UN move towards recognising right to healthy environment

UN right to healthy environment

Formal recognition would help protect those who increasingly risk their lives to defend the land, water, forests and wildlife, says the UN special rapporteur on human rights and the environment.

It is time for the United Nations to formally recognise the right to a healthy environment, according to the world body’s chief investigator of murders, beatings and intimidation of environmental defenders.

John Knox, the UN special rapporteur on human rights and the environment, said the momentum for such a move – which would significantly raise the global prominence of the issue – was growing along with an awareness of the heavy toll being paid by those fighting against deforestation, pollution, land grabs and poaching.

His appeal, the culmination of more than five years of investigations, comes amid a major push for the UN and member states to do more to protect those who defend the land, water, air, forests and wildlife.

“If we can’t protect them, then how can we protect the environment we all depend on,” Knox told the Guardian in Geneva, where he has just submitted a final report to the UN high commission for human rights.

Environmental Rights

For better and for worse, the issue of environmental rights has risen rapidly up the political agenda since Knox took his post. The number of murders of land and environmental defenders tracked by the monitoring group Global Witness increased to 197 last year, compared with 147 in in 2012.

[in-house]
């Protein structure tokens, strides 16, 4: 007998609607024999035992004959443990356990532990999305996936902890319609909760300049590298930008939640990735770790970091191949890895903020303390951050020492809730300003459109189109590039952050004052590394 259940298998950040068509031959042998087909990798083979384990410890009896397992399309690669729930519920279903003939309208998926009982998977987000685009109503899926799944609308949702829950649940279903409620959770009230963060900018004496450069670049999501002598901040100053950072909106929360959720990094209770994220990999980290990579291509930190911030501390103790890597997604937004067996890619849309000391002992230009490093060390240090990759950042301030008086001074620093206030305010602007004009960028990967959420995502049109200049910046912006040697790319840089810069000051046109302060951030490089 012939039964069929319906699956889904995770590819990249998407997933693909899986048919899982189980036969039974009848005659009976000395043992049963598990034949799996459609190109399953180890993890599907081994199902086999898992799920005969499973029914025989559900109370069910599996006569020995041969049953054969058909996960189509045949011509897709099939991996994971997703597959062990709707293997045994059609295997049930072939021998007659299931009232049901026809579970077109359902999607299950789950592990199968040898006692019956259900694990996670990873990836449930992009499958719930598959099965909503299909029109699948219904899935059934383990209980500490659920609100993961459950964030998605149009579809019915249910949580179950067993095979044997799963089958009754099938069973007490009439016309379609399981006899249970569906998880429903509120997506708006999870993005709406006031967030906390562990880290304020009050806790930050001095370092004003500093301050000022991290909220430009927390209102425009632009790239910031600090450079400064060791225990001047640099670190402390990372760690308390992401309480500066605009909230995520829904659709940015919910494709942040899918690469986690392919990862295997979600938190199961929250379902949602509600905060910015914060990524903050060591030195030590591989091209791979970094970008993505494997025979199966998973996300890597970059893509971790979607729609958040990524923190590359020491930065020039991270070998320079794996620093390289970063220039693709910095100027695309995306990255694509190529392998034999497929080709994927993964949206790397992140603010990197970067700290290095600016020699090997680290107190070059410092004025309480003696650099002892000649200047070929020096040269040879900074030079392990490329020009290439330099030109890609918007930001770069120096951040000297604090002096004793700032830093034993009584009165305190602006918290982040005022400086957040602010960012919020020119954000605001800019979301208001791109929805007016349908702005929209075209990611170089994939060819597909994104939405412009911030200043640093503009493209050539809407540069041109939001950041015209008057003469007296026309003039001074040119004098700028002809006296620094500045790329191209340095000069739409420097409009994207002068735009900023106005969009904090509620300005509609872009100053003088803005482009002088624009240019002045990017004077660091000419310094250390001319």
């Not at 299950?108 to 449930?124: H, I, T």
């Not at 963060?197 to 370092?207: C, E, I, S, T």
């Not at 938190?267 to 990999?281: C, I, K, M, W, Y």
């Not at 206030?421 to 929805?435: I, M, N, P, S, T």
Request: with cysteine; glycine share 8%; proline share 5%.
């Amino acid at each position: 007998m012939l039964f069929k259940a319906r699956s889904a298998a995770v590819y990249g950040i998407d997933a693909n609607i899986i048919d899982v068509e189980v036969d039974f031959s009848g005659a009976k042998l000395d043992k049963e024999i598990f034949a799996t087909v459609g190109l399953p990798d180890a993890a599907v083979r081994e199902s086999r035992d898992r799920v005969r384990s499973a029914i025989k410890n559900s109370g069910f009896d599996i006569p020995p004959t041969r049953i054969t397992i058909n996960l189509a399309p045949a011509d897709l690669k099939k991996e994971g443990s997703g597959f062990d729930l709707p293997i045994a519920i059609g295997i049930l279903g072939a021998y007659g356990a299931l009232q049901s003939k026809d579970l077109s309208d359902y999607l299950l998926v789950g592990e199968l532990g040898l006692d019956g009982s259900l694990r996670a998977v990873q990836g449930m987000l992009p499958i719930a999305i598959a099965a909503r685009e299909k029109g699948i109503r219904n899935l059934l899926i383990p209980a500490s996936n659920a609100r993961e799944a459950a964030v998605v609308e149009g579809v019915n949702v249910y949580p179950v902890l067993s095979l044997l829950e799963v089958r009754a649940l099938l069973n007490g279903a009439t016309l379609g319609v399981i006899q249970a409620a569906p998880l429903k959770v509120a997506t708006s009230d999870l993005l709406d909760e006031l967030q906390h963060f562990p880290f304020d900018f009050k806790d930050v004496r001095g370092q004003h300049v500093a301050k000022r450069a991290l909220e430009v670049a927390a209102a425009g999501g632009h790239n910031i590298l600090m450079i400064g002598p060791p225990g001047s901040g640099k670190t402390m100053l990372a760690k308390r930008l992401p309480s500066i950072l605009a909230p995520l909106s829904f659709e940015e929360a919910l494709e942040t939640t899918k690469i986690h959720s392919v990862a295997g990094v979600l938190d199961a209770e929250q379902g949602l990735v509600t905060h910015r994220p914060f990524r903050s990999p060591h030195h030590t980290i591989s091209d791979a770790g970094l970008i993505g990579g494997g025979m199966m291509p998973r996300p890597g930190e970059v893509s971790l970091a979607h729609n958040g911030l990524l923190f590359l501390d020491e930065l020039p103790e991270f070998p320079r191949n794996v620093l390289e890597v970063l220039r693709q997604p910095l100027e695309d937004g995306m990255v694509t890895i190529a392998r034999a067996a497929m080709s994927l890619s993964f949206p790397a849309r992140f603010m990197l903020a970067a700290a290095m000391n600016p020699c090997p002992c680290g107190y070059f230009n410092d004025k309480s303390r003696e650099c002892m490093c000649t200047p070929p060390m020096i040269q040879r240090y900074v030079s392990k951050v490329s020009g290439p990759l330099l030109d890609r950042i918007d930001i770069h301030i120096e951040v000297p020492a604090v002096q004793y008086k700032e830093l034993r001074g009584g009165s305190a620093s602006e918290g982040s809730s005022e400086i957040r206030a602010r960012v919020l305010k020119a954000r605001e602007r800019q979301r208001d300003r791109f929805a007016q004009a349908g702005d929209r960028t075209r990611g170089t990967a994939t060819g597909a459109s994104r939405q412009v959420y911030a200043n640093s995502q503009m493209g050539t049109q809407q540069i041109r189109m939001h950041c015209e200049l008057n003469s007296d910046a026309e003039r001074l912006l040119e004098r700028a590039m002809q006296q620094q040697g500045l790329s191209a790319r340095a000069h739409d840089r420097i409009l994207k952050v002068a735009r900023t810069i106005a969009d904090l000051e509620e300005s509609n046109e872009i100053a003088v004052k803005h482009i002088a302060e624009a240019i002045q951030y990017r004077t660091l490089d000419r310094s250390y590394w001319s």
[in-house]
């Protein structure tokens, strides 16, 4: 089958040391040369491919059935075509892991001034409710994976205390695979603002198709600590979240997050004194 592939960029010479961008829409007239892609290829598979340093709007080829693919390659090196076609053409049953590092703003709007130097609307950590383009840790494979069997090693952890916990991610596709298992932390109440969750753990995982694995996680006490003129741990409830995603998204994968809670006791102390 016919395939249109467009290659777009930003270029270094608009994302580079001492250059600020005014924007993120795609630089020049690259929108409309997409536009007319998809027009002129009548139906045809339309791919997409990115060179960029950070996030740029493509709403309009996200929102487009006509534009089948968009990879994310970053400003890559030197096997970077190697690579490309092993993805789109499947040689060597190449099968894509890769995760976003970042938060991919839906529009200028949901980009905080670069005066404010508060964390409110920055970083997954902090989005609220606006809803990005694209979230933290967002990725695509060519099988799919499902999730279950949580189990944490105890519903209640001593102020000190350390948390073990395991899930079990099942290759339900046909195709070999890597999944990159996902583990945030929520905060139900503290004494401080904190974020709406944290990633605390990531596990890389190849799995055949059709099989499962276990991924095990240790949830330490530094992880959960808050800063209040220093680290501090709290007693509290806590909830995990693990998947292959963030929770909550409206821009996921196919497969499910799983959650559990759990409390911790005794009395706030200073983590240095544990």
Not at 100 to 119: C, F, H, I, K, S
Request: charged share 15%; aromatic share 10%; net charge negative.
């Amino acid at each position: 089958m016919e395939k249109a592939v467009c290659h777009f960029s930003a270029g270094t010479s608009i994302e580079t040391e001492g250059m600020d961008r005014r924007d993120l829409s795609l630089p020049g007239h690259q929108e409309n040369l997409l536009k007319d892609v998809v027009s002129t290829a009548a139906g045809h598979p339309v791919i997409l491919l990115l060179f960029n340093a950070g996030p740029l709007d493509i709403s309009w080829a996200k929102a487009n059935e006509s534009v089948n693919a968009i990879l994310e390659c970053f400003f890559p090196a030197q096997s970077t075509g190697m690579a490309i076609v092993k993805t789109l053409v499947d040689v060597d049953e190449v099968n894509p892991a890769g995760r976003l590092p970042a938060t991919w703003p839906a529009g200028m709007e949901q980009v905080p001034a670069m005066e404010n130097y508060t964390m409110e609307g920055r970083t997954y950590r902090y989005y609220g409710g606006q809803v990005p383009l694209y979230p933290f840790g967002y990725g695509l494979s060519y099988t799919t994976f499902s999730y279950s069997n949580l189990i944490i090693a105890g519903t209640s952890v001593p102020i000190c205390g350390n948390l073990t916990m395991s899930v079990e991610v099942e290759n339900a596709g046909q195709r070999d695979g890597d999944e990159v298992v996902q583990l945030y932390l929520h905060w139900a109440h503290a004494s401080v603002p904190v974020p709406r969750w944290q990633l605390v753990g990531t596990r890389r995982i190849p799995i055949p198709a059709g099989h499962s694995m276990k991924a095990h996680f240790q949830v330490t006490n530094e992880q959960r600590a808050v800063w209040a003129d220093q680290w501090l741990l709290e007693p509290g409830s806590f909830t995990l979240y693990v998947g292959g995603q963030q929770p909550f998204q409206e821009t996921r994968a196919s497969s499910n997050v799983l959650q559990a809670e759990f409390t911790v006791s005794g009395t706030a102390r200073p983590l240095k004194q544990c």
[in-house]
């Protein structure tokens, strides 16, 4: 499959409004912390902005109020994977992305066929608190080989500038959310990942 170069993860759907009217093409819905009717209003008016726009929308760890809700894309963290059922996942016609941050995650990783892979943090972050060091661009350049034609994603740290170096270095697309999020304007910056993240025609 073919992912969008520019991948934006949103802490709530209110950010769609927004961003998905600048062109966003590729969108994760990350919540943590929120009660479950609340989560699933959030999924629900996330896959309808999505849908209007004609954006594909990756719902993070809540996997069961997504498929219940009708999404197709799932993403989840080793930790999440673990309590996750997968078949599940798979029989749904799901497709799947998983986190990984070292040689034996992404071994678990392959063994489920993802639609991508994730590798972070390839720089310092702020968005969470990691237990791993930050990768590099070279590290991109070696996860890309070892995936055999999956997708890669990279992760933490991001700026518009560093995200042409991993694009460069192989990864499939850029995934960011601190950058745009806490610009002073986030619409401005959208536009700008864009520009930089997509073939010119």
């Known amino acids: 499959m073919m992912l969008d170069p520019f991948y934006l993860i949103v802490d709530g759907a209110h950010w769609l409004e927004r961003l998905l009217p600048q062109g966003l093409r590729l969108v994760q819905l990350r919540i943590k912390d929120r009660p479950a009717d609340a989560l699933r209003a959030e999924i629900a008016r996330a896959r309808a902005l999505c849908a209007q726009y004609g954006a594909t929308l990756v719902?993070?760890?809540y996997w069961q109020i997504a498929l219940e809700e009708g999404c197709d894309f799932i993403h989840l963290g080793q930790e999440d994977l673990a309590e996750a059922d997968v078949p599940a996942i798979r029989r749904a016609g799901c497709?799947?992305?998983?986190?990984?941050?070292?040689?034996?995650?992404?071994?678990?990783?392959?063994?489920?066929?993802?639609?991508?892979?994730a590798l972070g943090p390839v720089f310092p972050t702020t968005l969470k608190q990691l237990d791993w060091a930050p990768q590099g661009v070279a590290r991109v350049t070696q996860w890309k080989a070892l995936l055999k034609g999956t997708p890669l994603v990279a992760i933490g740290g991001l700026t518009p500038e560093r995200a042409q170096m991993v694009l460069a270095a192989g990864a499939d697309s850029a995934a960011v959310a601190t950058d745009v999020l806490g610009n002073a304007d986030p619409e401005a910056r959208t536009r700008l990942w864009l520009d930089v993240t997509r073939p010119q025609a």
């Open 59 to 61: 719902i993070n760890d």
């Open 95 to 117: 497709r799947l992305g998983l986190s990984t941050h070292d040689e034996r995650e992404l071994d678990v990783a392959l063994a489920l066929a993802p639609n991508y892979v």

But there is also increasing resistance from civil society, exposure in the media and support from the UN and some governments.

Earlier this week, 24 Latin American and Caribbean nations signed a groundbreaking pact on environmental rights that – once ratified – will oblige governments to investigate and punish those accused of killings, many of whom currently evade justice due to impunity.

Even in Honduras – one of the worst offending nations – police have finally arrested the most senior suspect yet in the killing of the anti-dam and indigenous rights campaigner Berta Cáceres. Many activists believe this arrest would never have happened if not for the global outcry that followed that 2016 murder. More powerful suspects in the government, however, continue to evade justice.

On Tuesday, UN Environment launched an environmental rights initiative to scale up training of judges, prosecutors and police in environmental law and to work with companies to include human rights in investment planning.

Read the full article at The Guardian.

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